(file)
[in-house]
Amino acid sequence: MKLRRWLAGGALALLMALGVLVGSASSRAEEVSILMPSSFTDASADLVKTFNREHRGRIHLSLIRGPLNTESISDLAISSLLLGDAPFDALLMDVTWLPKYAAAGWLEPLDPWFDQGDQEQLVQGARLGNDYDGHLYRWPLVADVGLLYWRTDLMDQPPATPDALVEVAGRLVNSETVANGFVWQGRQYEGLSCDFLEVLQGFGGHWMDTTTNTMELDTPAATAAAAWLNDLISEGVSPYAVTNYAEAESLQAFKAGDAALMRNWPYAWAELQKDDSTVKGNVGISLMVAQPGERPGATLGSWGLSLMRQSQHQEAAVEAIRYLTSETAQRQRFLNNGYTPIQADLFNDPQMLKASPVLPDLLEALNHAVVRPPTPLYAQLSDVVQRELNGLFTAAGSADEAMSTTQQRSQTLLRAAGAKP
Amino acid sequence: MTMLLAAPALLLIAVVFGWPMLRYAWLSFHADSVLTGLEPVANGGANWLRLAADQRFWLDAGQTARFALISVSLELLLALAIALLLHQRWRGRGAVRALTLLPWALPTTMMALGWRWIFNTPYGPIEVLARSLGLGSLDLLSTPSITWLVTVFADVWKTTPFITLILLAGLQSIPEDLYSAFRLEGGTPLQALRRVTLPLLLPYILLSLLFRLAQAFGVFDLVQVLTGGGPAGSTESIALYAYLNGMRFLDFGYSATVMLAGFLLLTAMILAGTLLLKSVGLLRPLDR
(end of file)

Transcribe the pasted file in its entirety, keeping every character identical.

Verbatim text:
[in-house]
Amino acid sequence: MKLRRWLAGGALALLMALGVLVGSASSRAEEVSILMPSSFTDASADLVKTFNREHRGRIHLSLIRGPLNTESISDLAISSLLLGDAPFDALLMDVTWLPKYAAAGWLEPLDPWFDQGDQEQLVQGARLGNDYDGHLYRWPLVADVGLLYWRTDLMDQPPATPDALVEVAGRLVNSETVANGFVWQGRQYEGLSCDFLEVLQGFGGHWMDTTTNTMELDTPAATAAAAWLNDLISEGVSPYAVTNYAEAESLQAFKAGDAALMRNWPYAWAELQKDDSTVKGNVGISLMVAQPGERPGATLGSWGLSLMRQSQHQEAAVEAIRYLTSETAQRQRFLNNGYTPIQADLFNDPQMLKASPVLPDLLEALNHAVVRPPTPLYAQLSDVVQRELNGLFTAAGSADEAMSTTQQRSQTLLRAAGAKP
Amino acid sequence: MTMLLAAPALLLIAVVFGWPMLRYAWLSFHADSVLTGLEPVANGGANWLRLAADQRFWLDAGQTARFALISVSLELLLALAIALLLHQRWRGRGAVRALTLLPWALPTTMMALGWRWIFNTPYGPIEVLARSLGLGSLDLLSTPSITWLVTVFADVWKTTPFITLILLAGLQSIPEDLYSAFRLEGGTPLQALRRVTLPLLLPYILLSLLFRLAQAFGVFDLVQVLTGGGPAGSTESIALYAYLNGMRFLDFGYSATVMLAGFLLLTAMILAGTLLLKSVGLLRPLDR